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From Temples to Stupas

THAILAND | Saturday, 5 March 2011 | Views [503]

Cambodia- Rising at 4am requires a pretty good reason in my books. The headaches, confusion and lack of available caffeine are all cons that float through your mind as you dress and prepare for the day. Siem Reap Temples were luckily worth the struggle. Watching the sky change colour behind the silhouetted temples of Angkor Wat was impressive. It required a lot of elbow prodding to ensure you kept your spot and as is always the case at the major sightseeing spots, the lure of taking the perfect picture creates chaos amongst the crowds. 
The temples were magnificient feats of engineering and man power. How on earth they did it boggles the mind- I read that the Cambodian people are a generation of exhausted individuals. After what they have been through over the past few centuries, I am not at all suprised. 
The carvings, attention to detail and the continuous devotion to perfection is still obvious even in the somewhat crumbling remains of the temples. It takes days to take it all in. I am embarrased to say, we only took about 6 hours. It was not that we were bored or nonplussed by the sights, it was that there were endless tour buses of Japanese individuals all screaming to one another and standing in front of every picturesque view ready to show the peace sign and pose for an onslaught of photos. Eventually, it wears you down. Where is the serenity in that? 
Leaving Cambodia we felt that we had seen a lot of the rougher sides to its society. Behind the smiling masks of cheeky children who attempt to make you buy, buy, buy... "Open your hearts, open your wallets", there are the cigarette burns on the arms and hands. In front of many beautiful women (sex unknown) is an older western man with his US dollars ready to burn. The people are kind but there is doubt and indignation on their faces, it is completely understandable and leaves you as a visitor feeling like you have trodden on a surface that is not fully repaired or ready for you yet. They need to heal before we bombard them with our western desires of cheap shots, bucket cocktails and glamourised trips of their nightmarish history- in short, they need to tell us where to go for a few more decades so they can figure out who they are and what they need to do for their own futures. 
Cambodia offers perspective and humility. 
Thailand- The border crossing to Thailand was interesting. You know that Thailand is the easiest of the South East Asian countries- it is clean and so simple to travel through. Getting there though provides one last challenge. After our last two hour line up at a border crossing (sweat dripping down our backs and our 22kg bags slowly pulling on every muscle we have) we were relieved to cross into Thailand. It was here that we were then sectioned like school kids and stuffed into mini-vans. On average I would say these vehicles could hold 11 people, in Thailand however, they can actually hold about 20. Comfort and safety is not high on their concerns, people become jigsaw pieces that can fit together in embarrasing ways as long as the door can eventually close. You get to make friends with strangers very quickly!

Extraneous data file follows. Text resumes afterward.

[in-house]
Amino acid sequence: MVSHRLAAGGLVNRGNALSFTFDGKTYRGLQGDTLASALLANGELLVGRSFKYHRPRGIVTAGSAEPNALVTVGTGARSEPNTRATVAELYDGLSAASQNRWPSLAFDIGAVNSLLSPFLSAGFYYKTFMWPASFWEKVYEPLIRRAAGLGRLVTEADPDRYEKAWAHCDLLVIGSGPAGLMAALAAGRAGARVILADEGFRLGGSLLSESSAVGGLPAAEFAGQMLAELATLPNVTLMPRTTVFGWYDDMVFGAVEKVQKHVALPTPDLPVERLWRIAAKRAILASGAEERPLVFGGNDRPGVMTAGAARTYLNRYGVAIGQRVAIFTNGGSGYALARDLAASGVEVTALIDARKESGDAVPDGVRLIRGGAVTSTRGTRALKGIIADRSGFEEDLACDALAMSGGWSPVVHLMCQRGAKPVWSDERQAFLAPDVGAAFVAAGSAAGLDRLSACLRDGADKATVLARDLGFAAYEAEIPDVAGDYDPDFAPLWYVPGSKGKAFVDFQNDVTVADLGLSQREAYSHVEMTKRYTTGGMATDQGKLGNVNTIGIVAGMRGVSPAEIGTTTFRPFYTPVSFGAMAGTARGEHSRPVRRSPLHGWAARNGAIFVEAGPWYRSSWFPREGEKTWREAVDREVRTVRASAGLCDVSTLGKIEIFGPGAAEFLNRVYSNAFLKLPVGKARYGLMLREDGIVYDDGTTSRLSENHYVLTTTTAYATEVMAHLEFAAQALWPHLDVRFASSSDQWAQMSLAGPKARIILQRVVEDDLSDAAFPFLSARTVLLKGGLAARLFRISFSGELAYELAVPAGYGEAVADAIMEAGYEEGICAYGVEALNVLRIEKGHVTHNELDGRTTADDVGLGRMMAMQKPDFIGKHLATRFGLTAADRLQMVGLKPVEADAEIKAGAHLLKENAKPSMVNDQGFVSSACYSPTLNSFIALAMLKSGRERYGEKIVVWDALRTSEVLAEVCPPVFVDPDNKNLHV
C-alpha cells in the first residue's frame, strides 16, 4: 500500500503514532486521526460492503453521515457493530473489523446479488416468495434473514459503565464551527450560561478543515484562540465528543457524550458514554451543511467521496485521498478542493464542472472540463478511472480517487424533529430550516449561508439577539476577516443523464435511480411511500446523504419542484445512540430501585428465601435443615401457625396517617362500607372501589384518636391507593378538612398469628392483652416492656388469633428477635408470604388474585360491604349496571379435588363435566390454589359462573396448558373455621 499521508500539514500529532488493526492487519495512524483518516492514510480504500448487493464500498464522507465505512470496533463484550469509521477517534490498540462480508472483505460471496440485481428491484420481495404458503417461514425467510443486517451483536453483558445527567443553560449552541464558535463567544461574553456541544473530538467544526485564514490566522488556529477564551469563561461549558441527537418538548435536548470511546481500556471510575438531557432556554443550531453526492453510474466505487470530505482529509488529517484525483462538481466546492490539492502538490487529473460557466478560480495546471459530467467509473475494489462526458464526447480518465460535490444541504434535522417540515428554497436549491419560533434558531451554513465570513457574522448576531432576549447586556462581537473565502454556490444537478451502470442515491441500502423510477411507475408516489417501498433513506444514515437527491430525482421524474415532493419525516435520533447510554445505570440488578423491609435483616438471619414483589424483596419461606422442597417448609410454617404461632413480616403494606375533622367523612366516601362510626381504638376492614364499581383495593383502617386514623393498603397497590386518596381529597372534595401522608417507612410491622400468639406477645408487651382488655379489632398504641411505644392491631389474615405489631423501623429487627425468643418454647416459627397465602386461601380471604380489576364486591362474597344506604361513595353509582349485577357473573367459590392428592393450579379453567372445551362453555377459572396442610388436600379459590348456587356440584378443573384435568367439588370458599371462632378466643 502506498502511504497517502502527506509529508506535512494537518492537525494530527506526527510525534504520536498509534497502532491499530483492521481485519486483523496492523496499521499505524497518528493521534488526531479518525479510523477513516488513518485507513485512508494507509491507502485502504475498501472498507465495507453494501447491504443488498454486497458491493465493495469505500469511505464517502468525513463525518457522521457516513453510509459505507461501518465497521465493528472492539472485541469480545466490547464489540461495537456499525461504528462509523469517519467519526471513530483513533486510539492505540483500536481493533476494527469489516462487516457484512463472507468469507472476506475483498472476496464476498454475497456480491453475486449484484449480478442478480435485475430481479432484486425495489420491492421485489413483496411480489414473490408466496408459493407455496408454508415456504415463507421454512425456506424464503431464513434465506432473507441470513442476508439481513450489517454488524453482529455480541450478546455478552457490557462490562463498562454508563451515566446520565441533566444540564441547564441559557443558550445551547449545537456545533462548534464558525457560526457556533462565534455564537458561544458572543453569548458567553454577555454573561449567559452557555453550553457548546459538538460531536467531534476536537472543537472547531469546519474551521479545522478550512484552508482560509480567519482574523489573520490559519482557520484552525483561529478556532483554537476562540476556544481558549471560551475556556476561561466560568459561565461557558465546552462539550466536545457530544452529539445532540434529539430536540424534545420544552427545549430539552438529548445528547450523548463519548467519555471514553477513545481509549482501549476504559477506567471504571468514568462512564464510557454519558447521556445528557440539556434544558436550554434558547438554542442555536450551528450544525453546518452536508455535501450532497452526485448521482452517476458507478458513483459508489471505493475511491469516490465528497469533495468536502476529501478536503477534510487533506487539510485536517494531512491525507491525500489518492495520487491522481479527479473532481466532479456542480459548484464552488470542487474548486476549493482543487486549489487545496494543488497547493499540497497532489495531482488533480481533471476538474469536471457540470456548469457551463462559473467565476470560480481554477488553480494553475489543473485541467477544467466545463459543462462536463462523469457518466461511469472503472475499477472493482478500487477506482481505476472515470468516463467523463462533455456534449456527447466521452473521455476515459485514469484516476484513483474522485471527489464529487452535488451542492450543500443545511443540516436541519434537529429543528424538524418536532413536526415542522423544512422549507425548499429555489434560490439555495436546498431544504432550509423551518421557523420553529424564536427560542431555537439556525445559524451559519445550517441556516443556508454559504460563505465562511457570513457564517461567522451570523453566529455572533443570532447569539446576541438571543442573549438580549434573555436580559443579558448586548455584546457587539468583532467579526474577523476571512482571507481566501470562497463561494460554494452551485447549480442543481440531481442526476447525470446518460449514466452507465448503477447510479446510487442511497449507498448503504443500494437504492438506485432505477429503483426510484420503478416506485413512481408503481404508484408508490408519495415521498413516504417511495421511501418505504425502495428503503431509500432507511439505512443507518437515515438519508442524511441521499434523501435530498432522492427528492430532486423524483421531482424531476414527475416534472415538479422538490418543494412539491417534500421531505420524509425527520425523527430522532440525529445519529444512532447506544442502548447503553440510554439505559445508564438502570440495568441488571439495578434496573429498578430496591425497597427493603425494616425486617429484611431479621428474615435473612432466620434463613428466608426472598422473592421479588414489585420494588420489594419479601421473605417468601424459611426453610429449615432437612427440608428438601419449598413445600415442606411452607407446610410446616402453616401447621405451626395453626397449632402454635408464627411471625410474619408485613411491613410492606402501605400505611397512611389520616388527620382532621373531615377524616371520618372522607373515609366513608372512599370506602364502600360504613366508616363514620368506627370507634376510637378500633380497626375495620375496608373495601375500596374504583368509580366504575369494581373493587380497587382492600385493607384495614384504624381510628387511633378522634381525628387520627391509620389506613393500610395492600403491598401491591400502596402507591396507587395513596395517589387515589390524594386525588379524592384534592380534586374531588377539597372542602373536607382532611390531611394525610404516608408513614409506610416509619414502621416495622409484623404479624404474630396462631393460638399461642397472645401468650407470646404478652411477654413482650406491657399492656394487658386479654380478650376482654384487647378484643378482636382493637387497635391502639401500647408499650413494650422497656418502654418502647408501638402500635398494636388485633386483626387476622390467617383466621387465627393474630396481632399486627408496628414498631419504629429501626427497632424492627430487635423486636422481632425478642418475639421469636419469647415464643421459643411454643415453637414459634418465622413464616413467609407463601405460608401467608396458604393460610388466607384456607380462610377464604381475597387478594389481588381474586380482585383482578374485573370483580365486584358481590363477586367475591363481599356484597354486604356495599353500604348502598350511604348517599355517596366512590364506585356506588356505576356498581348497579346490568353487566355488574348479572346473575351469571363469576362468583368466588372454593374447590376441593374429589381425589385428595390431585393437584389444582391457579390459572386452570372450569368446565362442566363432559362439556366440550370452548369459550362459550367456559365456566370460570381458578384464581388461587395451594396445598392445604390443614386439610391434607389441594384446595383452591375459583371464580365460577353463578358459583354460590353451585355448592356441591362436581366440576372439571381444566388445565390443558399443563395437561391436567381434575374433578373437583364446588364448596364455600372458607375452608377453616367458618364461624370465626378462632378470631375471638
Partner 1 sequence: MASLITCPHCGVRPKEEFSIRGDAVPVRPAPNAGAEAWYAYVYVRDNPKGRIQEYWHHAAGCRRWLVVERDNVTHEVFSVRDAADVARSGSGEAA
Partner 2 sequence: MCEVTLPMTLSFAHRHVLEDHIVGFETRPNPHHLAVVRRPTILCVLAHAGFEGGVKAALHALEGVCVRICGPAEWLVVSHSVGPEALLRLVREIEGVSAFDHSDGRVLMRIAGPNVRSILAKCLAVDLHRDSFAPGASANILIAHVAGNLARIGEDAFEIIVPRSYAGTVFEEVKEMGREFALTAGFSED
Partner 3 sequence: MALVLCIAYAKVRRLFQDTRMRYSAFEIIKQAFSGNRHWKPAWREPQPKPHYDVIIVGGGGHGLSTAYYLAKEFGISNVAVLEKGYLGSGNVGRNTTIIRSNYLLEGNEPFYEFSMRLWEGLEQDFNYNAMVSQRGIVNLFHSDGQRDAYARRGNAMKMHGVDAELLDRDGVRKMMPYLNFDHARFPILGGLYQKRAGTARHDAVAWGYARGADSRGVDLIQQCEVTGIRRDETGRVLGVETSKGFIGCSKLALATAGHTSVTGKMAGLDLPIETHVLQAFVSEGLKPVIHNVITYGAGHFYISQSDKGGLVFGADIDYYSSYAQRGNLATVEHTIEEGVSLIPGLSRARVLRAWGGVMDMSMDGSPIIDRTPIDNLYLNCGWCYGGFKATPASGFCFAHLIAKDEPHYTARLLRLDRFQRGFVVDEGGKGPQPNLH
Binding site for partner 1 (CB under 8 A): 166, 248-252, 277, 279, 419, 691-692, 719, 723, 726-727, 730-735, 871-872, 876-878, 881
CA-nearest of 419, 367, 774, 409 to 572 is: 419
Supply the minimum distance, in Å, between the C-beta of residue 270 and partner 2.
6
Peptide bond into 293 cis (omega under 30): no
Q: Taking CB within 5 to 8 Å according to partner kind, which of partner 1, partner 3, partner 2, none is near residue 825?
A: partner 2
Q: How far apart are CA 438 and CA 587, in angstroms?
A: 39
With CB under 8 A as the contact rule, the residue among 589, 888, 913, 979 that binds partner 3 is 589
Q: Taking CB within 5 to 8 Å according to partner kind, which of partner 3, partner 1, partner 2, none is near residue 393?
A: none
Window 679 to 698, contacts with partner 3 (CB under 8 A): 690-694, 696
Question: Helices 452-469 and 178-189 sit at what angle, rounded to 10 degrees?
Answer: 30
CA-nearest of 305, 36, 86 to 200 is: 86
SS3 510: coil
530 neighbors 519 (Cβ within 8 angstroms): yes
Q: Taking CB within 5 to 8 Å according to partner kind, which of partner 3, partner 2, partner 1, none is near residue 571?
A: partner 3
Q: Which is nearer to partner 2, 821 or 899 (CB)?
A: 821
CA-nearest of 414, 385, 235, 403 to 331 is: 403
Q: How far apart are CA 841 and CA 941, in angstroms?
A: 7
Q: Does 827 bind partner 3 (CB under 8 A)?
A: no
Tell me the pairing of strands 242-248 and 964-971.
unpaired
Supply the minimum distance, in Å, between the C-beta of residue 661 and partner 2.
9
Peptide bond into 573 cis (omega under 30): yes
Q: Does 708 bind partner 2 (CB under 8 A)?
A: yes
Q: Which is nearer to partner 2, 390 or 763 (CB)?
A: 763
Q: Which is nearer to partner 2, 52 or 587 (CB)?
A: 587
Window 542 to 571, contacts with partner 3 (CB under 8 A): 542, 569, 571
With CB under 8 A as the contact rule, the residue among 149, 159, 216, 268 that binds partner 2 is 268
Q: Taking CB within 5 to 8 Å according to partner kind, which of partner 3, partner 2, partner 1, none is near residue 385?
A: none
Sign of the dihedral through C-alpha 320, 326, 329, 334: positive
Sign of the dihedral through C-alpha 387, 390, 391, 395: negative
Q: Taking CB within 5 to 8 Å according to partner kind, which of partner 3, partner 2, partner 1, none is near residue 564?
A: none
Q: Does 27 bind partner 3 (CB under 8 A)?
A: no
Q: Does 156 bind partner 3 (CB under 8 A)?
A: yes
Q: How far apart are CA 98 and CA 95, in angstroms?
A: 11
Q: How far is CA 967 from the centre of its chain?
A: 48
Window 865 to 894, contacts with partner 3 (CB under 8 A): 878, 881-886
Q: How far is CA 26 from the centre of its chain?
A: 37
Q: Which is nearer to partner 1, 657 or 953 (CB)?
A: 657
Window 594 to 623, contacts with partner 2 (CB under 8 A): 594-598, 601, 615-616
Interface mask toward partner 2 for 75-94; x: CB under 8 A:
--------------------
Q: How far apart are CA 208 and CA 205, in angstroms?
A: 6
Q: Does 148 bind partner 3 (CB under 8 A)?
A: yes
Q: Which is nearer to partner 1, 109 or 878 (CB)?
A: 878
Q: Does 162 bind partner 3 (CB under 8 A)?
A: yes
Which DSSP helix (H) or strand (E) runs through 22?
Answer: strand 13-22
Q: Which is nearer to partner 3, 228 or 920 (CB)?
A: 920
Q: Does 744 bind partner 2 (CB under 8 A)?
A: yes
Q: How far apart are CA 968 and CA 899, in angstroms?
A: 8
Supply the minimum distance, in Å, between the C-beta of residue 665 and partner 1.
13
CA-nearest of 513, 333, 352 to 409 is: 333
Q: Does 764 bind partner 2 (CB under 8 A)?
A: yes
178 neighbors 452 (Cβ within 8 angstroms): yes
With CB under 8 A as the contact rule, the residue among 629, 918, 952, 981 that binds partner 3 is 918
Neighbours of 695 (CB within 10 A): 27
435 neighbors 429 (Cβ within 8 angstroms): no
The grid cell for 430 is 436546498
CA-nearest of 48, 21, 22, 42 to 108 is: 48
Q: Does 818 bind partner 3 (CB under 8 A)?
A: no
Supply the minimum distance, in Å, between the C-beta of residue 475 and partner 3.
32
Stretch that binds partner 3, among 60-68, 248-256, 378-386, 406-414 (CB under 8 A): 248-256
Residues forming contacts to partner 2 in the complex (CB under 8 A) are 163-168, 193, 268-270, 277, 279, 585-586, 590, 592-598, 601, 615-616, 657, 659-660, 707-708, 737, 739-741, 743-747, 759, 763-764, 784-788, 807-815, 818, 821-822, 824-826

Bangkok is Bangkok. Khao San Road becomes a deterance and the search for a reasonably priced beer becomes an exciting challenge. What is great about Bangkok is that you can find cool little places down little alleyways, if you just watch the locals and do as they do. You also get to meet up with people that you saw two or three countries ago as Bangkok is the hub of thoroughfare- you go there to get somewhere else. By that measure, its not that bad of a place. 
We made our way on yet another bus to Koh Chang. A beautiful island south of the Thai and Cambodian border. We had been promised big things by our rastafarian friends from Don Det. Upon arrival we jumped out of our Jumbo and walked straight up to Patrice. Small world. In his rastafarian and 'oh so cool' voice he told us that they had just arrived that day as well. We quickly found the next bamboo hut to call home for a short while and raced down to the beach. The water was crystal, the starfish unique, the shoreline sprinkled with coconut trees with a background of mountains and the sunset as always, was magnificient. We were in heaven. This lifestyle was good and we found that we enjoyed a small routine of early morning beach exercise, banana smoothies and beach lounging. We even went so far as to buy a bat and ball and really make something of the days- small accomplishments are still accomplishments! A number of strange and sad things occurred during our week there. A French man managed to lose his cool and explode in anger towards me when I asked him to stop playing his chiming bells to hardcore dance music in the late afternoons. He was a whole new category of nutcase and after an hour of him bitching to all of the other guests (who all looked a bit uncomfortable as I was also sitting right in front of them looking bewildered myself) we decided to find a new bamboo hut- one on the beach was good enough for me: ) Also, a small monkey that was being nursed after it had been injured in a fight had died and the owners of the accomodation were just lying with it on their bed, crying. That was weird and sad at the same time. 
The parties, the increasing crowds and the lack of culture eventually got to us and we moved on. Back on the bus, back to Bangkok, onto a train and up to Chiang Mai.